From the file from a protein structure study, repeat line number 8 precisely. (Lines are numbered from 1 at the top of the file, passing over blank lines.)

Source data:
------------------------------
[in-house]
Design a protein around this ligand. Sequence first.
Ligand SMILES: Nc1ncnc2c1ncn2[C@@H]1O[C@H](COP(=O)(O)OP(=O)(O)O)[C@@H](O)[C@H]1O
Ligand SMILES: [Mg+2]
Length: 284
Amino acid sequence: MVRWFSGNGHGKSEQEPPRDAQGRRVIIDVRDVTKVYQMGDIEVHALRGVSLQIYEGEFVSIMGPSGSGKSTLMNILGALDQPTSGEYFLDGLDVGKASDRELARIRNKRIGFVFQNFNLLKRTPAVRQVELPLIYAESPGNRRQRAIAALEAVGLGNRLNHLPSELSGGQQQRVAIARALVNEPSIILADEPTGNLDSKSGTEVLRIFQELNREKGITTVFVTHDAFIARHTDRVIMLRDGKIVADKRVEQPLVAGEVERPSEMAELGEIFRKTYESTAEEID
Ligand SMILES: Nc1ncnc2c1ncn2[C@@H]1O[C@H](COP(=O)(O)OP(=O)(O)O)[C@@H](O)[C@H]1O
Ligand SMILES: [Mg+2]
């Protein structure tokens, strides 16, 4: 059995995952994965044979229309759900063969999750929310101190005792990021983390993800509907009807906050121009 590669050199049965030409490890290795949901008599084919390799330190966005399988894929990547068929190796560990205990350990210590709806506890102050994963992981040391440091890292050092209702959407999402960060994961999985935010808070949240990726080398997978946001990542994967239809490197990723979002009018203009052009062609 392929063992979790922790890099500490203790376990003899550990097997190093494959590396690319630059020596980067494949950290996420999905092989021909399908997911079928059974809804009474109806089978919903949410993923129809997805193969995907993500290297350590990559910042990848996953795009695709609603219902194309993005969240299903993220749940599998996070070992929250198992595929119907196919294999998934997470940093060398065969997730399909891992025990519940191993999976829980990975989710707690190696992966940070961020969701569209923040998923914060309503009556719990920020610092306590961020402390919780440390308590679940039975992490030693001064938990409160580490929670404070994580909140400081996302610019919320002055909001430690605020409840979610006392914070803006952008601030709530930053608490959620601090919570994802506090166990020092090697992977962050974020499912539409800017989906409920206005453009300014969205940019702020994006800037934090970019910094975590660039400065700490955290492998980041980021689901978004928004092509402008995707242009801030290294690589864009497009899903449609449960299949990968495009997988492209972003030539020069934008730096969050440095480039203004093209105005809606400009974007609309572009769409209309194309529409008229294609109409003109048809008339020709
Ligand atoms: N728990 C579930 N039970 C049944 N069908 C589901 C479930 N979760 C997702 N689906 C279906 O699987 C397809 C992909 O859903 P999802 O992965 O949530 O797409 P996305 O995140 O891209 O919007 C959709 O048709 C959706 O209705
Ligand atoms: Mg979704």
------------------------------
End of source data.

Ligand SMILES: [Mg+2]